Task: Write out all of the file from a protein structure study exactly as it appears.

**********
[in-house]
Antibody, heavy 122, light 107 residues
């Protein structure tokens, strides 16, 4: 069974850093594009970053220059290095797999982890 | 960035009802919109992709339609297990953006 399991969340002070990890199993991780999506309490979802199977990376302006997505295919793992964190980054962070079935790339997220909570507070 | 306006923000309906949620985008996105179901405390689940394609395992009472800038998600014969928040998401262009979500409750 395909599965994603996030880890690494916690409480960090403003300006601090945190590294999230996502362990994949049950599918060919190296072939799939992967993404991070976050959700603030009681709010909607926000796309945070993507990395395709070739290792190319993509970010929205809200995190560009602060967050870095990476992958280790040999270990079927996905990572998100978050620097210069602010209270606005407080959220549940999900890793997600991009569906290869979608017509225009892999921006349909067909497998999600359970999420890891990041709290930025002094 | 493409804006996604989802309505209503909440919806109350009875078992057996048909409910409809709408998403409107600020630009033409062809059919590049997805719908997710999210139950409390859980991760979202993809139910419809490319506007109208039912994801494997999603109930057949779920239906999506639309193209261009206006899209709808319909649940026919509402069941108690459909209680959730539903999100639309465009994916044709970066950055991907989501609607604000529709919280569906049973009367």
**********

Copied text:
[in-house]
Antibody, heavy 122, light 107 residues
């Protein structure tokens, strides 16, 4: 069974850093594009970053220059290095797999982890 | 960035009802919109992709339609297990953006 399991969340002070990890199993991780999506309490979802199977990376302006997505295919793992964190980054962070079935790339997220909570507070 | 306006923000309906949620985008996105179901405390689940394609395992009472800038998600014969928040998401262009979500409750 395909599965994603996030880890690494916690409480960090403003300006601090945190590294999230996502362990994949049950599918060919190296072939799939992967993404991070976050959700603030009681709010909607926000796309945070993507990395395709070739290792190319993509970010929205809200995190560009602060967050870095990476992958280790040999270990079927996905990572998100978050620097210069602010209270606005407080959220549940999900890793997600991009569906290869979608017509225009892999921006349909067909497998999600359970999420890891990041709290930025002094 | 493409804006996604989802309505209503909440919806109350009875078992057996048909409910409809709408998403409107600020630009033409062809059919590049997805719908997710999210139950409390859980991760979202993809139910419809490319506007109208039912994801494997999603109930057949779920239906999506639309193209261009206006899209709808319909649940026919509402069941108690459909209680959730539903999100639309465009994916044709970066950055991907989501609607604000529709919280569906049973009367």